Does this scenario sound familiar? Youre browsing the internet, find something that triggers an “Oh Yea, I want That !” sensation. Before you know it, you are entering your credit card details and pressing the purchase button.
From here on, one or two of three things happen.
- You either lay in bed that night thinking to yourself, why did I buy that thing today? Do I really need it? will I use it?
- You completely forget about your recent purchase until it arrives at your door step. By that time the enthusiasm to own it has worn off and you just store it somewhere out of your way.
- You wait anxiously for it to arrive, then once it does you use it once or twice then get bored of it store it somewhere out of your way.
It’s ok, it happens all the time and no you are not being irresponsible for purchasing the item in question, you have simply acted on your impulses and treated yourself to what you wanted. This is actually a marketing concept at play. You as a consumer have responded to an offer from merchant whose business relies on satisfying your needs and wants.
Now its time to flip this article the other way, you’re no longer the consumer, but rather a seller, from here on we’ll talk about how you as a business owner can implement some simple marketing and advertising techniques that will allow you to capitalize on the same impulse buy psychology to maximise your sales.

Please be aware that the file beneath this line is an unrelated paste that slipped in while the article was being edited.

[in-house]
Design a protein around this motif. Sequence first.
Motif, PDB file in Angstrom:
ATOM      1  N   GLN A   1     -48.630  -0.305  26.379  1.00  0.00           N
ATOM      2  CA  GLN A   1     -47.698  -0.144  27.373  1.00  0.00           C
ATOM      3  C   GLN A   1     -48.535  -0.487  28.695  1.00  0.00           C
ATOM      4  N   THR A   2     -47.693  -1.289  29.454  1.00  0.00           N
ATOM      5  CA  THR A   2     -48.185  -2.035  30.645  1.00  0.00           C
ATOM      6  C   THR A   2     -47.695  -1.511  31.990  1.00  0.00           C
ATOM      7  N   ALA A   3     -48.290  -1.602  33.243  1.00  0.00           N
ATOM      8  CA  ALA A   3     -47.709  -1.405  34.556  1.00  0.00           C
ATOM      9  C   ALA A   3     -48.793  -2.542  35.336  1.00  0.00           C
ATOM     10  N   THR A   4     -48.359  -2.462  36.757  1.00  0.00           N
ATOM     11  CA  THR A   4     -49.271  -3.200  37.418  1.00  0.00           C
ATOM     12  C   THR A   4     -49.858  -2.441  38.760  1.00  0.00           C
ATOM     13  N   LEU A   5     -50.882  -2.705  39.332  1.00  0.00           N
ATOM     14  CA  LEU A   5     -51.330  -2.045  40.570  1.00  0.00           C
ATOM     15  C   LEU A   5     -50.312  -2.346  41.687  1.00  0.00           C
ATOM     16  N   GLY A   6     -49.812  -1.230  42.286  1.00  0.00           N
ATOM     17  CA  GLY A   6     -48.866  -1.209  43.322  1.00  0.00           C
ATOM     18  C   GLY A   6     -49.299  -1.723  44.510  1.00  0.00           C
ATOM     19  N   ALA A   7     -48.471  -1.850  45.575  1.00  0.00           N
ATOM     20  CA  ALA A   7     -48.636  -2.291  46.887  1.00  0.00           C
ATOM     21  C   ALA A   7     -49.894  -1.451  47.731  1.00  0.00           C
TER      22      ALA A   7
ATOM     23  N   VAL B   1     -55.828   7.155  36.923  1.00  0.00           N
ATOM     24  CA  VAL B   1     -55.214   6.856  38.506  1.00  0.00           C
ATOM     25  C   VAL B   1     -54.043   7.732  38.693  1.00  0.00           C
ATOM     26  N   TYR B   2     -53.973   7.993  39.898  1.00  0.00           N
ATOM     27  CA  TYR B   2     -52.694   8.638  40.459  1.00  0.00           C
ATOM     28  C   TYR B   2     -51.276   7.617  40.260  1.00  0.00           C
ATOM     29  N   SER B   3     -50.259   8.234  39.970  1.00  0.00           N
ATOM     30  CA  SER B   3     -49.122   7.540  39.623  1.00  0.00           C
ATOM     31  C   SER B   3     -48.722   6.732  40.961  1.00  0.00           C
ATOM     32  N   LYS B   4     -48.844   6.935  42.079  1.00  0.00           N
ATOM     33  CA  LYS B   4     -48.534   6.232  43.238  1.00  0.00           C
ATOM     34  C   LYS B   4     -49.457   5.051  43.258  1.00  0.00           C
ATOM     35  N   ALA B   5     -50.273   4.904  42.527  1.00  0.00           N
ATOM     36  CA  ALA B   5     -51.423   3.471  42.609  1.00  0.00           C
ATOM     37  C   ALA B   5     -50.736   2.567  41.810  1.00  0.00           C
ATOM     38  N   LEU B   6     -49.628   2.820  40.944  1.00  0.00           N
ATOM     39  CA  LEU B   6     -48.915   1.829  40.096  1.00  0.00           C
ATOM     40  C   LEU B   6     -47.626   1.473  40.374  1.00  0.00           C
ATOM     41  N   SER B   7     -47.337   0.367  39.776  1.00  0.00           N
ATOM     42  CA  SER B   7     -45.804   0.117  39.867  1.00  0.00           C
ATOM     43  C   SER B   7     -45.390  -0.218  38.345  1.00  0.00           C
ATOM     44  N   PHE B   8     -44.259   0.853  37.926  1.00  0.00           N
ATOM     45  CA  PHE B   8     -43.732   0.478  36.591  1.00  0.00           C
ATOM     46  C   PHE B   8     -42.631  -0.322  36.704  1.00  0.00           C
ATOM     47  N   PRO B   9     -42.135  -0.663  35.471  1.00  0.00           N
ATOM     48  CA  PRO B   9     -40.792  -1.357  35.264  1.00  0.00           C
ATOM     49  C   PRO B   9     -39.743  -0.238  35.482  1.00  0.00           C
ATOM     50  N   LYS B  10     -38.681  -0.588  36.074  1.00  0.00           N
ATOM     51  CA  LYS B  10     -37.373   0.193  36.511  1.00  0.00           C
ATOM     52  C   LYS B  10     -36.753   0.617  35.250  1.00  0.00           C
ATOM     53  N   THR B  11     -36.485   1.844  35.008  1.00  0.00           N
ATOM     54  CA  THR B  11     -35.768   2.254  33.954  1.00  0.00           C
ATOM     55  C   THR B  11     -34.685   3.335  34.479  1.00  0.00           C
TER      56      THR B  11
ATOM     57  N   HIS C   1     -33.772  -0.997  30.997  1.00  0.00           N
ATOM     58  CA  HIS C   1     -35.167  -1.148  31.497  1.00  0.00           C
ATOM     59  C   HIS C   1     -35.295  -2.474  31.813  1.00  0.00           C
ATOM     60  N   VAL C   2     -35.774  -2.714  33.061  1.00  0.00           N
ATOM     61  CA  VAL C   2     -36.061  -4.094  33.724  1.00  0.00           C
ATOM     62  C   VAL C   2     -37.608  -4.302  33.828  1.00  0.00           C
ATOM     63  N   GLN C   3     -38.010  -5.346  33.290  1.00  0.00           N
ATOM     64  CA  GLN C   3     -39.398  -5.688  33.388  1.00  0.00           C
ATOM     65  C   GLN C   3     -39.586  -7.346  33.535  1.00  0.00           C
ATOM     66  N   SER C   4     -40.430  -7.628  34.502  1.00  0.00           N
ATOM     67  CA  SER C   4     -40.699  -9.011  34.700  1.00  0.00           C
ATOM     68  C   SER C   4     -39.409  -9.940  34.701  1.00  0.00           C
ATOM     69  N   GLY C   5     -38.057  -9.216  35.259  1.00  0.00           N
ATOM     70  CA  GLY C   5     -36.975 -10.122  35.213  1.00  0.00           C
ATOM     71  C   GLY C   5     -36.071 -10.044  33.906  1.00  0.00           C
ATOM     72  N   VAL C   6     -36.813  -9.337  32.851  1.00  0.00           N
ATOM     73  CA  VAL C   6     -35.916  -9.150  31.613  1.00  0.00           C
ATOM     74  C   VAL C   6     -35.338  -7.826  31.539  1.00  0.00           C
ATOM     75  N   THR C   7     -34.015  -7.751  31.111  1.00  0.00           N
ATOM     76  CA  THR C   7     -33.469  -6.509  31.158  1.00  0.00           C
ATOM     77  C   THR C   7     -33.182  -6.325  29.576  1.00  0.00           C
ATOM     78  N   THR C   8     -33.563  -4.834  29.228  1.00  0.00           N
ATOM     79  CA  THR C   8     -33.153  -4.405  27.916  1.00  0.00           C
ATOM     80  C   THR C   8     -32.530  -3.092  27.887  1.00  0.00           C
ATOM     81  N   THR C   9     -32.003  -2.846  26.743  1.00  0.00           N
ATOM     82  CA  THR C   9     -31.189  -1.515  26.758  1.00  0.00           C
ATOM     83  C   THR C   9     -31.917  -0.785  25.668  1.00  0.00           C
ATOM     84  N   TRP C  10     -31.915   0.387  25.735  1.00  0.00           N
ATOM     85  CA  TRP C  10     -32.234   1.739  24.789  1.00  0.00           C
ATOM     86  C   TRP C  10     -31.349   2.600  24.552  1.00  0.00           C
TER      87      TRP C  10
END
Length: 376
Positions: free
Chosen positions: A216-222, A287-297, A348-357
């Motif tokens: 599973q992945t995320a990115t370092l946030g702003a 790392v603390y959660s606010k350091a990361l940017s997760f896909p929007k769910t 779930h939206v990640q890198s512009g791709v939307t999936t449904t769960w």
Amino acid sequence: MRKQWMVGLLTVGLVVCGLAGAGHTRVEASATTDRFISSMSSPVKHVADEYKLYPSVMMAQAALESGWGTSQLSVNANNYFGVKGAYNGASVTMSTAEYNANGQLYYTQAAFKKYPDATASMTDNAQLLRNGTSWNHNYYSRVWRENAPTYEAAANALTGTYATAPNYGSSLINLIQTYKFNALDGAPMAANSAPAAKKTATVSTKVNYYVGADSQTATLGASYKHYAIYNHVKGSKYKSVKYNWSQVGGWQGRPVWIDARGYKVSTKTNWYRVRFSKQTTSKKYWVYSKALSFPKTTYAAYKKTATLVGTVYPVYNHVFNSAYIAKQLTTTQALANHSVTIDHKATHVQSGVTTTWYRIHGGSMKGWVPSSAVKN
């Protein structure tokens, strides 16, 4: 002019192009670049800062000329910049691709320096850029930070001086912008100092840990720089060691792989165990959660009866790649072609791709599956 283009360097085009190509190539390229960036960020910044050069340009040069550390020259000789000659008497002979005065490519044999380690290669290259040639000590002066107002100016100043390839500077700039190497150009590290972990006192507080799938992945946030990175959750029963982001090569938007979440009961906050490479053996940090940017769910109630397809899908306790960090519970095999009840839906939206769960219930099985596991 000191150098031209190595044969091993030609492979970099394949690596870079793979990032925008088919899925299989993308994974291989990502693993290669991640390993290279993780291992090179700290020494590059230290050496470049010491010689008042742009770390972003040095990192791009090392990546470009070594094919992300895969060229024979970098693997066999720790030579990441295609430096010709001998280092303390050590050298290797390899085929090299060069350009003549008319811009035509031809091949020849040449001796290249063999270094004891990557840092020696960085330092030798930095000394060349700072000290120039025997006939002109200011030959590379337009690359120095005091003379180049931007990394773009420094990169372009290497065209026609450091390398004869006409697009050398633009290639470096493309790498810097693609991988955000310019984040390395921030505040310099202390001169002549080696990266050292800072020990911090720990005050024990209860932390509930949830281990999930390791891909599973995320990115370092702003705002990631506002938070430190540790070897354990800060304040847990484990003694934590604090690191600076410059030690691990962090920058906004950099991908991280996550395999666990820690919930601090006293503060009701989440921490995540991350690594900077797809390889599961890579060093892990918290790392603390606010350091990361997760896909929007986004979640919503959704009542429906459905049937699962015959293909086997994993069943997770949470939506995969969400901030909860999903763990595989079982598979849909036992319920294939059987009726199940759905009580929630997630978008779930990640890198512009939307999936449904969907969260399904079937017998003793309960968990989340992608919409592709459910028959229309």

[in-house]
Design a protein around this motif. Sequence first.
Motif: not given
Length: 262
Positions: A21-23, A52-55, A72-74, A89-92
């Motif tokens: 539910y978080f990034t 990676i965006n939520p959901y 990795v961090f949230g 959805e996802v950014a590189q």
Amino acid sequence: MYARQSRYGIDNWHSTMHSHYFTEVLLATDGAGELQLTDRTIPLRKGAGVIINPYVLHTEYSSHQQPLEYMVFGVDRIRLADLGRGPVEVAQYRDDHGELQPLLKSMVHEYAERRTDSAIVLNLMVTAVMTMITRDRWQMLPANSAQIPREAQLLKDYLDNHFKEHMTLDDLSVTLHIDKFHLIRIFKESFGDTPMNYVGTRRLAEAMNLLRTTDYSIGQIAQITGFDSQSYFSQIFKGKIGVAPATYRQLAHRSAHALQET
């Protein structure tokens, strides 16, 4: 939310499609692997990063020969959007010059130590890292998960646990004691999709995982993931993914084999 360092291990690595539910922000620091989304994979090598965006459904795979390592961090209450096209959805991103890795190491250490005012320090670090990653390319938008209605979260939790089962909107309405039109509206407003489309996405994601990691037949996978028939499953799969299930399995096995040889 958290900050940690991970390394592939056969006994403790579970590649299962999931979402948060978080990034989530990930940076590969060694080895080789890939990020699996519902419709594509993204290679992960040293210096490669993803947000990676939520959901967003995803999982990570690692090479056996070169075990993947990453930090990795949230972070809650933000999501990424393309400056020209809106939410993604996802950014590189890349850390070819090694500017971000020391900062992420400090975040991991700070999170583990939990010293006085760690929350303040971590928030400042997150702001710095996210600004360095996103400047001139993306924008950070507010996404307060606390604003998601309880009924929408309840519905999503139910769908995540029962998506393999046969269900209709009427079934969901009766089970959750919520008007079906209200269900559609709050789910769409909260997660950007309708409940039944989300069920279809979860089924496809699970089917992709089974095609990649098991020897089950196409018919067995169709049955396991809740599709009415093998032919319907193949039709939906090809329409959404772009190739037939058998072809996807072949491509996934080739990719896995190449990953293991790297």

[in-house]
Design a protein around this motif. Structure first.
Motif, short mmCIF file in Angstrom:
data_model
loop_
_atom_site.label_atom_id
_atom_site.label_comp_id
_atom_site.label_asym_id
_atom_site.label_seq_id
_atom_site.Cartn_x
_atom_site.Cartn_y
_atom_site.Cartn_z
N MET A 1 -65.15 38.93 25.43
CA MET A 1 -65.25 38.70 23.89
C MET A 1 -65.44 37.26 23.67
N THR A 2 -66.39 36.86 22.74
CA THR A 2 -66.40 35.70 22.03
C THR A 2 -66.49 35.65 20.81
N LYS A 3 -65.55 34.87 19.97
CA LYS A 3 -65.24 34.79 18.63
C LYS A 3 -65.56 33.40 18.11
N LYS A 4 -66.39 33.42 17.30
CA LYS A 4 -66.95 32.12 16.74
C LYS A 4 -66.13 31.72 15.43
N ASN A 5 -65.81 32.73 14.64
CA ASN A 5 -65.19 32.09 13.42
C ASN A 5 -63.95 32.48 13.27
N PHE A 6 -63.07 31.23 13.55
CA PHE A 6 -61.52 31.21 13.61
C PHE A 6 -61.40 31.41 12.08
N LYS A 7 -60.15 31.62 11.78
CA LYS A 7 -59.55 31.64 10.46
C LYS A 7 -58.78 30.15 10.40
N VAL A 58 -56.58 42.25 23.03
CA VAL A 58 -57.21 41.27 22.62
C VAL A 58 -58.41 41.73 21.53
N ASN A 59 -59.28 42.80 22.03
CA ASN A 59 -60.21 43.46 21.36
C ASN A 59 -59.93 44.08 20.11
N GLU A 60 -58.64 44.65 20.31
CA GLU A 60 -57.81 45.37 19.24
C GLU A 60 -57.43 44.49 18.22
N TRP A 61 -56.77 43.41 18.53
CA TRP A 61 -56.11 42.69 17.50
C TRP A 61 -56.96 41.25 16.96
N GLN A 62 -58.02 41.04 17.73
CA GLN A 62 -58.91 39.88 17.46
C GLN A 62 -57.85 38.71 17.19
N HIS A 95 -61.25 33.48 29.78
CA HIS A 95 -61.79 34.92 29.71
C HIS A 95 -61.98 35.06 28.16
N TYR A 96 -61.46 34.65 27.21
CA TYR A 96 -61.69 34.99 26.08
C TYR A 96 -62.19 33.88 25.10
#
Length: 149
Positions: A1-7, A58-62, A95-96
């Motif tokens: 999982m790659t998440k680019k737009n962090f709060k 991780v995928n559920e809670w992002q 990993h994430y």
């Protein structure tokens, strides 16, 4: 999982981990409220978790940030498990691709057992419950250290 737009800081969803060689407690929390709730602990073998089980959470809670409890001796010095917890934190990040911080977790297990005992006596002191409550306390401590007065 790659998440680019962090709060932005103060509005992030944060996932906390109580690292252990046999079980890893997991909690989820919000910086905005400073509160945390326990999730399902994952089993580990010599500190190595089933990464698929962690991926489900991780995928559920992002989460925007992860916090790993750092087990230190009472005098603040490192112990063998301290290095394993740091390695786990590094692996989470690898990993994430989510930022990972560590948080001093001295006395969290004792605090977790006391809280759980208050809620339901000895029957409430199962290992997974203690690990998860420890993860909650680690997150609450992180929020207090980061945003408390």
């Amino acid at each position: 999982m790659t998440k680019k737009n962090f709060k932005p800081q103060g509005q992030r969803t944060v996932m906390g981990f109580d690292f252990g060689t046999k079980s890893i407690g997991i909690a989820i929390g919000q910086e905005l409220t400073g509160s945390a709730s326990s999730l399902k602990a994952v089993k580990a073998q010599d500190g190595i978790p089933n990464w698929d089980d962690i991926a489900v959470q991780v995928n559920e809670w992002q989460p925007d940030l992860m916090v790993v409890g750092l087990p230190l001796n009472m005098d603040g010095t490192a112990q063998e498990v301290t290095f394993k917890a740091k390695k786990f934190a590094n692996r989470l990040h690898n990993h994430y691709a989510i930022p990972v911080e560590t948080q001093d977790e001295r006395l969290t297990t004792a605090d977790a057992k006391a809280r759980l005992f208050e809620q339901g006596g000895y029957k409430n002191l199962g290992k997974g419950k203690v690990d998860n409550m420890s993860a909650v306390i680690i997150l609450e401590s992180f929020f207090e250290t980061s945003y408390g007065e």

I remember back when I was studying my diploma in business, particularly the marketing subjects, the lecturer told us about an example of a cafe owner who has been able to double their coffee sales by simply throwing a hand full of whole coffee beans on the pavement right outside their cafe.
The theory behind this was that doing this every morning would mean that people who walk past the cafe, tread on the beans, crushing them and releasing a rich coffee aroma. That aroma would trigger a sensory craving for a coffee and wow.. would you look at that, I’m right outside of a coffee shop. How convenient !
Marketing and advertising tactics like these have become common across all industries. Professional marketers study the human behaviour and our buying patterns, tailoring our shopping experience to entice us to make that purchase on the spot. This is often done with aromas, color schemes, graphics and images as well as sounds and even tailoring the room temperature to be just right, making us feel comfortable and therefore confident to proceed to the checkout.